John E. Thomas Jr. was the first African-American to join the Village of Brightwaters’ police department, and this past weekend, state and local leaders memorialized him and his contributions to the Bay Shore-Brightwaters-Brentwood community.
Islip Town Supervisor Angie Carpenter and State Sen. Monica Martinez (D-Brentwood) joined other leaders to dedicate an overpass on Fifth Avenue over the Southern State Parkway in Bay Shore to Thomas during a 90-minute ceremony. Retired Suffolk County detectives Belinda Alvarez-Groneman and John Walters also spoke Saturday.
About 100 people attended the event at Fifth Avenue Elementary School, including Thomas’ daughter LaVerne Thomas, Thomas’ wife Beverly and his son, Gordon Thomas.
“To have a bridge named after him was an awesome and proud moment for me and my family,” Gordon Thomas said. “It was great to see everyone recognize the positive things my father did in the community.”
John Thomas was born in Bay Shore. He enlisted in the Navy in 1944 and was eventually stationed in the Philippines and Pearl Harbor during World War II.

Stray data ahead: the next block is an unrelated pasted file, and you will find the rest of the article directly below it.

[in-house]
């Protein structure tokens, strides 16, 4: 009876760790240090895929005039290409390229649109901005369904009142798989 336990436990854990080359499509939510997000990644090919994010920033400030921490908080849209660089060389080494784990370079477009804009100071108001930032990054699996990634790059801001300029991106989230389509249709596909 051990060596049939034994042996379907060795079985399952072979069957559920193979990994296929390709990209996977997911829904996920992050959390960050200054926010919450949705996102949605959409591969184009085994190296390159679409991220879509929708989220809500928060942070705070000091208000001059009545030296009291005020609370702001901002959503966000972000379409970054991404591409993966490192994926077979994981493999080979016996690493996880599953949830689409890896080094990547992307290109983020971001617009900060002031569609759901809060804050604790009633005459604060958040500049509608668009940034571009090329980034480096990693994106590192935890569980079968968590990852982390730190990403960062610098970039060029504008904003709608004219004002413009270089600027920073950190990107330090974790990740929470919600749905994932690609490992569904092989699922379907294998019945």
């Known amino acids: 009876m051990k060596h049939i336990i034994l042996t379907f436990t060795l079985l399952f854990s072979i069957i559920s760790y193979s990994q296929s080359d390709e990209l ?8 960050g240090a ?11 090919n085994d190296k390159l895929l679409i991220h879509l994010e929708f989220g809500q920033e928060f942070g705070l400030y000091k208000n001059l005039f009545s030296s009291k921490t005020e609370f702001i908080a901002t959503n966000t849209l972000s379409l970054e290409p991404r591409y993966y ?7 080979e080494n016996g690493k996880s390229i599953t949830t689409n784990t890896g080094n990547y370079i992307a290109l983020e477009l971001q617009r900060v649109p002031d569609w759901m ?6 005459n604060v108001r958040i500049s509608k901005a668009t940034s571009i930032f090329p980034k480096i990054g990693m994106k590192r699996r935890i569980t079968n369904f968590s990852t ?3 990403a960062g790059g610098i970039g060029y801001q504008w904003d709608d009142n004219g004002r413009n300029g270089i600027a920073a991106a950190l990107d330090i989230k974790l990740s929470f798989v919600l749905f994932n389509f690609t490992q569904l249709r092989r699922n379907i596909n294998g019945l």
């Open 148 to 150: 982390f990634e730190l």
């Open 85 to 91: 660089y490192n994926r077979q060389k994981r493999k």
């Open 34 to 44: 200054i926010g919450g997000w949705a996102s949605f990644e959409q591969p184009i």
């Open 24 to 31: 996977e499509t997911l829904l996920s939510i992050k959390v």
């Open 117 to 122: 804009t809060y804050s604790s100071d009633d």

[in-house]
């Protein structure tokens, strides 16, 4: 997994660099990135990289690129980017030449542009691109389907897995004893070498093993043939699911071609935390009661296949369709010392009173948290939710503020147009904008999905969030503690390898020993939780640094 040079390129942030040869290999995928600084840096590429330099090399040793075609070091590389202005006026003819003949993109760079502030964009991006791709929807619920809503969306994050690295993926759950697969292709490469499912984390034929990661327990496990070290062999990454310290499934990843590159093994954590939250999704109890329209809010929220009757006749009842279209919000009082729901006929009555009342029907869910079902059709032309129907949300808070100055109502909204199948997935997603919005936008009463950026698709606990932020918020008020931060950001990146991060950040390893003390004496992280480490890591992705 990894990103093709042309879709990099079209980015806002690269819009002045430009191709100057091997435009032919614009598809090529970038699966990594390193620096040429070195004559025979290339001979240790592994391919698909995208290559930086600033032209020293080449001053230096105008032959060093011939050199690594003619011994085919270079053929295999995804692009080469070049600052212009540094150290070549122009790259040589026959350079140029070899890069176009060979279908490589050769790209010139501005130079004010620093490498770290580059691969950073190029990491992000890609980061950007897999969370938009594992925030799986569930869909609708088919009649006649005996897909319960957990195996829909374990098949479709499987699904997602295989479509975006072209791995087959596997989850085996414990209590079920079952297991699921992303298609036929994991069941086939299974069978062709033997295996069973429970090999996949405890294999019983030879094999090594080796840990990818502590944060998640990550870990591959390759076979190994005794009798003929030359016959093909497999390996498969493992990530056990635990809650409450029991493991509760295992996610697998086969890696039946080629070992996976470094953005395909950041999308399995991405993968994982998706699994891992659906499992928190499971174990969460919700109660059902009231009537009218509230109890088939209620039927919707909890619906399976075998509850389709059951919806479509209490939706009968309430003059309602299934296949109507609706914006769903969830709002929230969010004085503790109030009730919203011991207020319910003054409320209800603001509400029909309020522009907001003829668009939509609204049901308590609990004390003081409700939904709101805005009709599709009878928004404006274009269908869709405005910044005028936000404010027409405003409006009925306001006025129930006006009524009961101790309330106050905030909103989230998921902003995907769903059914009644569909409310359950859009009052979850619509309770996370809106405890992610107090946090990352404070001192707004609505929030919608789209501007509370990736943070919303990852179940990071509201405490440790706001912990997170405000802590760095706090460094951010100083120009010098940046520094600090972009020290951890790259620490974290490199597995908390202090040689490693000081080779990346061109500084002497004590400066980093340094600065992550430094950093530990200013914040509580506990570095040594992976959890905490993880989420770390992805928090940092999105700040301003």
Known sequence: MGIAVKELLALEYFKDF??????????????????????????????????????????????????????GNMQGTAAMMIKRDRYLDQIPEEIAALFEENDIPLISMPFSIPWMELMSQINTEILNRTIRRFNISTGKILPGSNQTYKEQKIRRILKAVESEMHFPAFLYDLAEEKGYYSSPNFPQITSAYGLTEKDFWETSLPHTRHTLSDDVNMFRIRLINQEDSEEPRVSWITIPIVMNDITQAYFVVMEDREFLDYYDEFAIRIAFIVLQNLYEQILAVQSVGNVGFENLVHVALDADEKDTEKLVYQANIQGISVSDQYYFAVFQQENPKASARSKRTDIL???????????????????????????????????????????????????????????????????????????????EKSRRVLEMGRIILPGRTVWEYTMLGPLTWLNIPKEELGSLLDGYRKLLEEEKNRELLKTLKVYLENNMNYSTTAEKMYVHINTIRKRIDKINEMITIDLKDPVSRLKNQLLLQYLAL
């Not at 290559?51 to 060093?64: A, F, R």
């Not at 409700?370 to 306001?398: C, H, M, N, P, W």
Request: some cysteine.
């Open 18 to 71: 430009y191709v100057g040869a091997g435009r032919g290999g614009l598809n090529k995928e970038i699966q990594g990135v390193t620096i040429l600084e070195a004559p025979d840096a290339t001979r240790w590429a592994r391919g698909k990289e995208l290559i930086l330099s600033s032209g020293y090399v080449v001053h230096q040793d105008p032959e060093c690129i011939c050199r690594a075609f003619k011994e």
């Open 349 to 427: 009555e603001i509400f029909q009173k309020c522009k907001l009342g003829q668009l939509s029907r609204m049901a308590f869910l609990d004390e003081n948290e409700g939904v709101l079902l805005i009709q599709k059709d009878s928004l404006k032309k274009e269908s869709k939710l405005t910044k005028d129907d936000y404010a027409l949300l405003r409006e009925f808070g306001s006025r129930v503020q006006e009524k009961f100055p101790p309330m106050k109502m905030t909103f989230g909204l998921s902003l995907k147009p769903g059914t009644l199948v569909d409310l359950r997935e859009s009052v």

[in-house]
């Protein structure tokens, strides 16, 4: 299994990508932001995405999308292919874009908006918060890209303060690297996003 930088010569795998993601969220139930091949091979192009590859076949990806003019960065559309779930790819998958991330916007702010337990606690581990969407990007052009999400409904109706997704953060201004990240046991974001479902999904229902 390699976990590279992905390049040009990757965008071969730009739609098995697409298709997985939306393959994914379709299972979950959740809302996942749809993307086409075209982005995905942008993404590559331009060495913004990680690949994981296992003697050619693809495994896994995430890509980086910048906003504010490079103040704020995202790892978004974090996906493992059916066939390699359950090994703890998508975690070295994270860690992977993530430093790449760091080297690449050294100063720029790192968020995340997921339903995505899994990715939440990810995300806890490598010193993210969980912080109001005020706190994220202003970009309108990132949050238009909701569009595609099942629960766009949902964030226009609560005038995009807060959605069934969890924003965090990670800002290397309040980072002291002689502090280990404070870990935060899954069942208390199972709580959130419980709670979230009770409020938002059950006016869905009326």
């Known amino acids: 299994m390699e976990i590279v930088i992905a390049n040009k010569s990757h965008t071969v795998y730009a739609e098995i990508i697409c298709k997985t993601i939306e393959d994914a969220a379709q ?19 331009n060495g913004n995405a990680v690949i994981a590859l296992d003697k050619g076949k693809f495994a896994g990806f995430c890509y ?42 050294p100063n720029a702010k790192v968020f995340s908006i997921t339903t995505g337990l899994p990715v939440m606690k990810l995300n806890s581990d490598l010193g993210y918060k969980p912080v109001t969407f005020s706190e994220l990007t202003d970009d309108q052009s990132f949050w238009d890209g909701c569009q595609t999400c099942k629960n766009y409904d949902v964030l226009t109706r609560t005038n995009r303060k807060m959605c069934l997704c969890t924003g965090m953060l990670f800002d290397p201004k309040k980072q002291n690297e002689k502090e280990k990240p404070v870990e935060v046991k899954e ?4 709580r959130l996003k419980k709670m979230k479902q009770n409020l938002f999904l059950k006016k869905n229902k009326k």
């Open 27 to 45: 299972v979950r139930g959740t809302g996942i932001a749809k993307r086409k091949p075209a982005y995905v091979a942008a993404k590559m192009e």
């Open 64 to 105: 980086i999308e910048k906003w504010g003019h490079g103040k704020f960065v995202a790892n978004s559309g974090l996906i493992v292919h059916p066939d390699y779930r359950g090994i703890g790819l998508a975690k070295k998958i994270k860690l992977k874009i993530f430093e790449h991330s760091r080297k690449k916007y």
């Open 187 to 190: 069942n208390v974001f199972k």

John Thomas joined Brightwaters’ police force in 1951. Four years later, John Thomas joined Islip Town’s police force. After five years in Islip, he joined the Suffolk County Police Department when it formed in 1960. He was assigned to the Third Precinct, based in Bay Shore.
Throughout his law enforcement career, John Thomas was known as the Jackie Robinson of the police force, being the first black officer or one of few black officers in a department. He became a mentor to many African-American officers.
Thomas was remembered Saturday for playing a key role in starting the Suffolk Police Athletic League. While with the department, Thomas coached kids in boxing at the Brentwood Recreation Center, a program that still exists today.
Thomas retired in 1987 then served as director of security for Bay Shore Public Schools until 1998. He died in 2010.
Gordon Thomas said it was symbolic that Islip officials dedicated a bridge overpass to his father.
“He was a humble guy, so he would say that he wasn’t worthy of this, but he would be proud, too,” Gordon Thomas said. “In reality, he was truly a bridge from Bay Shore to Brentwood.”